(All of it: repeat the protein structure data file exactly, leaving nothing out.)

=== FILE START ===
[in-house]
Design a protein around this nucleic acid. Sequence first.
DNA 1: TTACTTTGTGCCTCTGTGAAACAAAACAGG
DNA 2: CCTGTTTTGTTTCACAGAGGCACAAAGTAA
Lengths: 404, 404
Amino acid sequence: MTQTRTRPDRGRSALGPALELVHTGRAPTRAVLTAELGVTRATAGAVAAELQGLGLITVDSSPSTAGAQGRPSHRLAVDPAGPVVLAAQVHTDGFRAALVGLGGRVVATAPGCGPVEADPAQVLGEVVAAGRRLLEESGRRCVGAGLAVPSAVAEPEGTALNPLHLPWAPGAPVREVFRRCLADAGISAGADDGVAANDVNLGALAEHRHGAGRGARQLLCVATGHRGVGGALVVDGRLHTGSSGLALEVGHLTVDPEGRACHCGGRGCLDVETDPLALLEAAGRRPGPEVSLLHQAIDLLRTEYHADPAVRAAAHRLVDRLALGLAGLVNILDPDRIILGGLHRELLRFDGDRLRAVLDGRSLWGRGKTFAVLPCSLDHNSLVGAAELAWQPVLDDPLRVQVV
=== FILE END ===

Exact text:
[in-house]
Design a protein around this nucleic acid. Sequence first.
DNA 1: TTACTTTGTGCCTCTGTGAAACAAAACAGG
DNA 2: CCTGTTTTGTTTCACAGAGGCACAAAGTAA
Lengths: 404, 404
Amino acid sequence: MTQTRTRPDRGRSALGPALELVHTGRAPTRAVLTAELGVTRATAGAVAAELQGLGLITVDSSPSTAGAQGRPSHRLAVDPAGPVVLAAQVHTDGFRAALVGLGGRVVATAPGCGPVEADPAQVLGEVVAAGRRLLEESGRRCVGAGLAVPSAVAEPEGTALNPLHLPWAPGAPVREVFRRCLADAGISAGADDGVAANDVNLGALAEHRHGAGRGARQLLCVATGHRGVGGALVVDGRLHTGSSGLALEVGHLTVDPEGRACHCGGRGCLDVETDPLALLEAAGRRPGPEVSLLHQAIDLLRTEYHADPAVRAAAHRLVDRLALGLAGLVNILDPDRIILGGLHRELLRFDGDRLRAVLDGRSLWGRGKTFAVLPCSLDHNSLVGAAELAWQPVLDDPLRVQVV